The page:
The Smock as a cover-up

In June 1828, John Barker was asleep on his barge in Mirfield in West Yorkshire.  Mirfield is a small town between Dewsbury and Brighouse, situated on the River Calder, and is also part of the canal system too with the Calder and Hebble Navigation.  Water transport was important for the town, taking away locally produced woollen textiles for sale.  Building the wooden barges used was therefore very necessary, three boat builders mentioned in Pigot’s Directory of 1828-9 for the town.

Barker was a ‘keel master’, which is perhaps significant.  His barge was entered and money and a smock frock stolen, waking him up.  Barker unsuccessfully pursued the thief in a state of nudity.  The constable found the suspect the next Sunday morning, at a pub in Mill Street, close to the river, drinking with two prostitutes, so failing the morality test on three accounts.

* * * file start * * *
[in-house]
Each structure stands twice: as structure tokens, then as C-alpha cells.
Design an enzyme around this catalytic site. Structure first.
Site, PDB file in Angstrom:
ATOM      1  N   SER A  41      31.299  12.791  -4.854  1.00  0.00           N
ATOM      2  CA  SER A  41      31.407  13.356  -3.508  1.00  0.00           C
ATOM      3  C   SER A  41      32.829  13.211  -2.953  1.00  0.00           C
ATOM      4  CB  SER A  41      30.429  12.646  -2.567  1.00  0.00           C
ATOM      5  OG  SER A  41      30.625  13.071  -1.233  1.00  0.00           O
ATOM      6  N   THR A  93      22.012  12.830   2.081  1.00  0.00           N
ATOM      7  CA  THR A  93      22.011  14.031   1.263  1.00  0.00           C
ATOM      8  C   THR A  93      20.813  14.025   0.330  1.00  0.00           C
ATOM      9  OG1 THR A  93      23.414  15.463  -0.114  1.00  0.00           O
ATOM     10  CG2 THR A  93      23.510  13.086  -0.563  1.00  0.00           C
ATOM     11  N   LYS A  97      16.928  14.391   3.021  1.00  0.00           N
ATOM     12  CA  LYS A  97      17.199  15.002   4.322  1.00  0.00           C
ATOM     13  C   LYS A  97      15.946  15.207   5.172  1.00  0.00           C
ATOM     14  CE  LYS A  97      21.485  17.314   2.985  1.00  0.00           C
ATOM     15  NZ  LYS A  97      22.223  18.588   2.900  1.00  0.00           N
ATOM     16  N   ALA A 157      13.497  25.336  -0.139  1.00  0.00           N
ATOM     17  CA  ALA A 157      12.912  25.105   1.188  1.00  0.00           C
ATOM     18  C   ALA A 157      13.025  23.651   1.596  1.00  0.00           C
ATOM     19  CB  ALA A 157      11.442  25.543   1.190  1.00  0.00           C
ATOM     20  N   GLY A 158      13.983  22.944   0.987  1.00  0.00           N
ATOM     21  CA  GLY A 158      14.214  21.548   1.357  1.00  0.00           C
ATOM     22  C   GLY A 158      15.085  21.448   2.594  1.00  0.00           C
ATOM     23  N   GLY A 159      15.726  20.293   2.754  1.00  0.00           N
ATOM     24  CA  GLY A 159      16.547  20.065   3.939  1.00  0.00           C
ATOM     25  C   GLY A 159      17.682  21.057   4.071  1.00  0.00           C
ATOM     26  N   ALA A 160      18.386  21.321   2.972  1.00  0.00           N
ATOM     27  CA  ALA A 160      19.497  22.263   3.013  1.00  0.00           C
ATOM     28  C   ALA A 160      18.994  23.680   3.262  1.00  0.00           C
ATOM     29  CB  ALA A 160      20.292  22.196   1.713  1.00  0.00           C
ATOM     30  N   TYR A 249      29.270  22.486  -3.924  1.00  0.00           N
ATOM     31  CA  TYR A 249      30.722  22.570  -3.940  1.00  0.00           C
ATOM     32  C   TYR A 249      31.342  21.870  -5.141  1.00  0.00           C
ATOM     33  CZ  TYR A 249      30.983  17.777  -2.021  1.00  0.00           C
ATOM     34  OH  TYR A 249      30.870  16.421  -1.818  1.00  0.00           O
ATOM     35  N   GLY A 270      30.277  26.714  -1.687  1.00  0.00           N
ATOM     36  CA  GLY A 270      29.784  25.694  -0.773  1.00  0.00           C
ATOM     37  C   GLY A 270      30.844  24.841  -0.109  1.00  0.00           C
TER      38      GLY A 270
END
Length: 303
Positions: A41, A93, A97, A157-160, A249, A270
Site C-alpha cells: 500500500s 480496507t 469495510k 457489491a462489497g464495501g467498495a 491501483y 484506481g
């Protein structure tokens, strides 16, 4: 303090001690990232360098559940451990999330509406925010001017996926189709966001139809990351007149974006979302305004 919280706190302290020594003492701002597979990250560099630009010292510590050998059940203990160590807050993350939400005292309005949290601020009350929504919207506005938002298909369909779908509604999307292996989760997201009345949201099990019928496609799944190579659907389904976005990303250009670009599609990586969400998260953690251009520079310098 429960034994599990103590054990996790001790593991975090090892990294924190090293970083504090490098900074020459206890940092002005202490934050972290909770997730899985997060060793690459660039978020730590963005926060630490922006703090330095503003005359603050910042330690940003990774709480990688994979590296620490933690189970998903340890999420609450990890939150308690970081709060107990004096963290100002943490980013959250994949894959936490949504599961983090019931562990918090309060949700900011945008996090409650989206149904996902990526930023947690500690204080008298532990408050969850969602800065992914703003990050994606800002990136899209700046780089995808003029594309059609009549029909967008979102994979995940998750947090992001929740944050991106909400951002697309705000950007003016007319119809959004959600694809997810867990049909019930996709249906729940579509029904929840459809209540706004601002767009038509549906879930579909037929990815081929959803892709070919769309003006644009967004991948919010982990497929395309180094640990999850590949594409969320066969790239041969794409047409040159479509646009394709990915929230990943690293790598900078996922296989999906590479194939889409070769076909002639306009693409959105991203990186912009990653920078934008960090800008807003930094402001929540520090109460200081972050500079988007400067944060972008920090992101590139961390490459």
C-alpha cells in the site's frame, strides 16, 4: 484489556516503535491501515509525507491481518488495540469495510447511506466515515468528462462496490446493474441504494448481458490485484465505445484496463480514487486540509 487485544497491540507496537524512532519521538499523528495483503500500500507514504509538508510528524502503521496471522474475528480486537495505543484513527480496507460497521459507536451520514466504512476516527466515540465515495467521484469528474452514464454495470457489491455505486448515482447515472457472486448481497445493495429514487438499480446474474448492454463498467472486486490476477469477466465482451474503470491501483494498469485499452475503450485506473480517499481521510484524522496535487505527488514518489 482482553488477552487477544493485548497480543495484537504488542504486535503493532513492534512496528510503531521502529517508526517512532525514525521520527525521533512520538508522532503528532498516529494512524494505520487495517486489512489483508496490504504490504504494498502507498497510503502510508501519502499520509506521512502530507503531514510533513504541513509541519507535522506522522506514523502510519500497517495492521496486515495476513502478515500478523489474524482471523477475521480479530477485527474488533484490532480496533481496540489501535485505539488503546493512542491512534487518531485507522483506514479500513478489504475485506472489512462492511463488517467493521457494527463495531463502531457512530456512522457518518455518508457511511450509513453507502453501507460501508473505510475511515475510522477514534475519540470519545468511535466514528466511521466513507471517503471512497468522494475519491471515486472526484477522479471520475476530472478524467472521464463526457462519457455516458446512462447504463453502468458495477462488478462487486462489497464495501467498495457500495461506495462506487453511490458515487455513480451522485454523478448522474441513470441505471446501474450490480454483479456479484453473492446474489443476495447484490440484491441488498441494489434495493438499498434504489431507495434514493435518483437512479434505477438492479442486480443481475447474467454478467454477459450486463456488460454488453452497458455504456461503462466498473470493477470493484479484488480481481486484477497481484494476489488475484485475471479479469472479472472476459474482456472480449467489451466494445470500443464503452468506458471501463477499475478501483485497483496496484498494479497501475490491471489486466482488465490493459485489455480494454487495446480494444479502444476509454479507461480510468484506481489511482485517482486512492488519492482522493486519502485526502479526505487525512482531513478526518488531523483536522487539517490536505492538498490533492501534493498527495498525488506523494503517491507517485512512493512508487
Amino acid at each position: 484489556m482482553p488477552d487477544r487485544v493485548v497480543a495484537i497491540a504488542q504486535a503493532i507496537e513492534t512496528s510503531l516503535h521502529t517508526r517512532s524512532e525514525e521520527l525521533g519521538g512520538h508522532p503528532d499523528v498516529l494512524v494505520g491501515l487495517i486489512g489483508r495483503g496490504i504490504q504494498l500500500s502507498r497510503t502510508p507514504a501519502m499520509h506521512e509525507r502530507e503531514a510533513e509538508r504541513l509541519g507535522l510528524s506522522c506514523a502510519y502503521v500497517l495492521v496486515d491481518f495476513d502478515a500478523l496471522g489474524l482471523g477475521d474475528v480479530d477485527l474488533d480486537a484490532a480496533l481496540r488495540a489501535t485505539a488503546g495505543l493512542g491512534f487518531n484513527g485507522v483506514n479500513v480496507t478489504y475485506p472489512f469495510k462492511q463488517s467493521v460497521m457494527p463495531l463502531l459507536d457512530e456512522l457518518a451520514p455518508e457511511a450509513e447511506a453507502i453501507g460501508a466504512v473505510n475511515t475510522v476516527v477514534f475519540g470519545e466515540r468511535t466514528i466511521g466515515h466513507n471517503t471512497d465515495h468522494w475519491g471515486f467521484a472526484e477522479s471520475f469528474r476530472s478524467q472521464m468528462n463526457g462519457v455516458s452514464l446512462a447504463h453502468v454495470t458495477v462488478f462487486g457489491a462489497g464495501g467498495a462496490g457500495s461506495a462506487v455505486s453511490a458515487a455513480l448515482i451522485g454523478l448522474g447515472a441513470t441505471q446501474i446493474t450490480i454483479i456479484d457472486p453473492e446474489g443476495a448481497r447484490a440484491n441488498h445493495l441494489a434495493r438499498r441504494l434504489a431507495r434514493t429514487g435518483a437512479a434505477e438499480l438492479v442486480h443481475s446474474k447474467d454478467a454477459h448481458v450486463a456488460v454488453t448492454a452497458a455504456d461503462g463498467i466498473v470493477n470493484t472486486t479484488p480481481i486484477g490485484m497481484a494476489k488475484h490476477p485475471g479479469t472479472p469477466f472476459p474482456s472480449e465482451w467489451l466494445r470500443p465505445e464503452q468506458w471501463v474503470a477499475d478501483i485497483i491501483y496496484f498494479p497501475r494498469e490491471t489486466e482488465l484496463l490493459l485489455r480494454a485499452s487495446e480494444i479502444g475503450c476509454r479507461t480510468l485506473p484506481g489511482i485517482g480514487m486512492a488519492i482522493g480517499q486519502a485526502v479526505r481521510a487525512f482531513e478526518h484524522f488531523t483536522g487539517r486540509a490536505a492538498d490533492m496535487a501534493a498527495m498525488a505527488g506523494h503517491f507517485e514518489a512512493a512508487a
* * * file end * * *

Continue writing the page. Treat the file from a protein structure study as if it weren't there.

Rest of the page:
At his trial at the Quarter Sessions in Hull a month later, five keelmen from Mirfield gave John Harris, the suspected thief, good character references, saying that the action had been a result of a drunken spree.  Was this a ‘prank’ or  grievance against an employer perhaps?  His main fault, according to his friends, was that ‘he was too fond of the company of bad girls’, and in passing his sentence of a month of hard labour, the women were blamed for ‘seducing’ him into extravagance and therefore into committing crime.

A snapshot of a moment, this case draws us into the ordinary lives of people nearly two hundred years ago, how they lived and to a certain extent, how they thought.  Nudity and prostitution are not commonly associated with the smock frock, but here it is shown as an essential garment for a boat builder in West Yorkshire.  Produced in Barnsley and sold in towns such as Sheffield and Leeds, the smock frock was a useful overall for many men and a useful cover-up when getting out of bed.

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